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7 things to know before upgrading to MacOS High Sierra

by Temeka Lions (2020-06-29)


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Photos in High Sierra now has all the adjustment tools easily accessible on the side panel.
Lori Grunin/CNET
Now that they're free, operating system updates are often just as much about fixing the underlying plumbing of a device as they are about adding new and notable features. That's largely the case with MacOS 10.13, otherwise known as High Sierra. For the most part, don't expect jaw-dropping changes or totally new interfaces. Instead, you get new features such as Safari's autoplay blocking, the ability to edit iPhone's Live Photos in Photos, and really fast file copying on SSDs. On the other hand, that means no sea-changes to your existing workflows, and some nice quality-of-experience enhancements if you're a big user of those applications.Performance is virtually identical, at least on an up-to-date MacBook Pro (13-inch). File moves are instantaneous under both High Sierra and Sierra, but copies of large files (like a 4.3GB ISO image) are instantaneous on AFS, the updating disk file system that's now default for anyone who doesn't have a Fusion drive or an old spinning hard drive. That's really important if you work with video and other massive-file generating tools.Battery life seems to be slightly better -- we got about 30 minutes more. But it also turns out that High Sierra breaks one of our benchmarks. Oopsie. 






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Just hours before the High Sierra update become available for download, ZDNet reported a Keychain security vulnerability in MacOS. In response, Apple said the following: "MacOS is designed to be secure by default, and Gatekeeper warns users against installing unsigned apps, like the one shown in this proof of concept, and prevents them from launching the app without explicit approval. We encourage users to download software only from trusted sources like the Mac App Store, and to pay careful attention to security dialogs that MacOS presents."Apple did not provide a timeline for a possible fix. However, because the vulnerability is said to affect High Sierra and previous versions of MacOS, waiting to update won't make you any safer.Should I update? TL;DRYes, if you answer any of these affirmatively: You're paranoid about security. Some say that the update is essential in order to get a complete set of security fixes, but it's not like Apple is going to keep Sierra unpatched. Enterprises are running even older versions and they'll continue to be patched. But if you think the potential security advantages outweigh the possibility of running into application issues, then update. If you have any kind of inquiries relating to exactly where and the way to work with Culpeper County's (starexponent.com), you are able to e-mail us with our web-page.   Your system has an SSD, not a Fusion Drive or HDD You've updated your iPhone or iPad to iOS 11 and shoot photos and videos with the new file formats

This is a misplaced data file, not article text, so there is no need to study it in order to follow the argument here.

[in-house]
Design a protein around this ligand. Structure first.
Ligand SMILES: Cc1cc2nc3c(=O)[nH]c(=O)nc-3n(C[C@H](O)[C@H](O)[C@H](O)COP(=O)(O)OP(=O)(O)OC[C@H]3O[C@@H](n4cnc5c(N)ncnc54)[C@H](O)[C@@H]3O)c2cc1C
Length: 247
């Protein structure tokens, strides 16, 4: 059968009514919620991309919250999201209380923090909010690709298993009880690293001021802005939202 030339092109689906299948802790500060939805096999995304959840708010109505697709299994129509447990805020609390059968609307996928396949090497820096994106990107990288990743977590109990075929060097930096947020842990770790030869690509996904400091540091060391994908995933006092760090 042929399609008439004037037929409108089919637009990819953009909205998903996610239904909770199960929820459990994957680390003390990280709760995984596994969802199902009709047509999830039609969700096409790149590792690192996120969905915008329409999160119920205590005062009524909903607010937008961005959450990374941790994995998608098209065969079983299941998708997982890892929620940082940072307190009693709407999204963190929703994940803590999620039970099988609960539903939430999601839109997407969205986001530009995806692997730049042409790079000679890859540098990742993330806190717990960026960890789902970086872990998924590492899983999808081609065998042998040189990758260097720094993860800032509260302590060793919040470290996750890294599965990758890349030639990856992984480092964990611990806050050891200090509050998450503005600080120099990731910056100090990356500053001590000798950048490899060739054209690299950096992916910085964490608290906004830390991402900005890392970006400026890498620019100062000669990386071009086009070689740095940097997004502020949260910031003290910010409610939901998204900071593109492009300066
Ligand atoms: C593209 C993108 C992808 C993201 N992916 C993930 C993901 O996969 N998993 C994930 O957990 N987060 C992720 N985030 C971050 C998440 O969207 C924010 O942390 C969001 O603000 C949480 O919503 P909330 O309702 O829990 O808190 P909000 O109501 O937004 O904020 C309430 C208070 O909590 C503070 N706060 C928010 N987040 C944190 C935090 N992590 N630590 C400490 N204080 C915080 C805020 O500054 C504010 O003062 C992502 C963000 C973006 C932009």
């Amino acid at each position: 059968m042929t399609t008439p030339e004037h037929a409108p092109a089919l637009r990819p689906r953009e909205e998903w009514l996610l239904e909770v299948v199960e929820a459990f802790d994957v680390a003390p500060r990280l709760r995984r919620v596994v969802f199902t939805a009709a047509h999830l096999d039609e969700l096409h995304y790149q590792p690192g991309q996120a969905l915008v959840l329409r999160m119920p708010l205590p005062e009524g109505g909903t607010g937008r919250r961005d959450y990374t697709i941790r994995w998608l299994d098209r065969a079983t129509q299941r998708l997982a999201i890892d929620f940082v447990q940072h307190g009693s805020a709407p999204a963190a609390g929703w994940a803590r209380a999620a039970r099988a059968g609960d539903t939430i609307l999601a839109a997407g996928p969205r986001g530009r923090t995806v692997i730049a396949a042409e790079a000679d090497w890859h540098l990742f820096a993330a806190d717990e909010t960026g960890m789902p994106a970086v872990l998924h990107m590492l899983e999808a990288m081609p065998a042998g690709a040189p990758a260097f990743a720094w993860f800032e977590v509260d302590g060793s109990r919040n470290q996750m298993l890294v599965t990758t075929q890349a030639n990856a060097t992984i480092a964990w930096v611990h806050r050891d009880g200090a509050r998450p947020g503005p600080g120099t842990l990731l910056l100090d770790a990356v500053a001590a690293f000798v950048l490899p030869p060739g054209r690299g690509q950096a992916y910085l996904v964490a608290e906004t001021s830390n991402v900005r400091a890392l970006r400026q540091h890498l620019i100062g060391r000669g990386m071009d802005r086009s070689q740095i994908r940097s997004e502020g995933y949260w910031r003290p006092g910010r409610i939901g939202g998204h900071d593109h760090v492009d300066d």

You're a big Photos user
You have a complicated family to manage with iCloud
You've been screaming for the specific capabilities added in those particular applications
Updating will also get you the latest security fixes (the Keychain exploit above notwithstanding). That said, my standard recommendation is to wait at least a month before updating and let the early birds find the most glaring problems and glitches, which are generally handled by followup point upgrades.Want a more detailed look at what you need to know about High Sierra? Read on.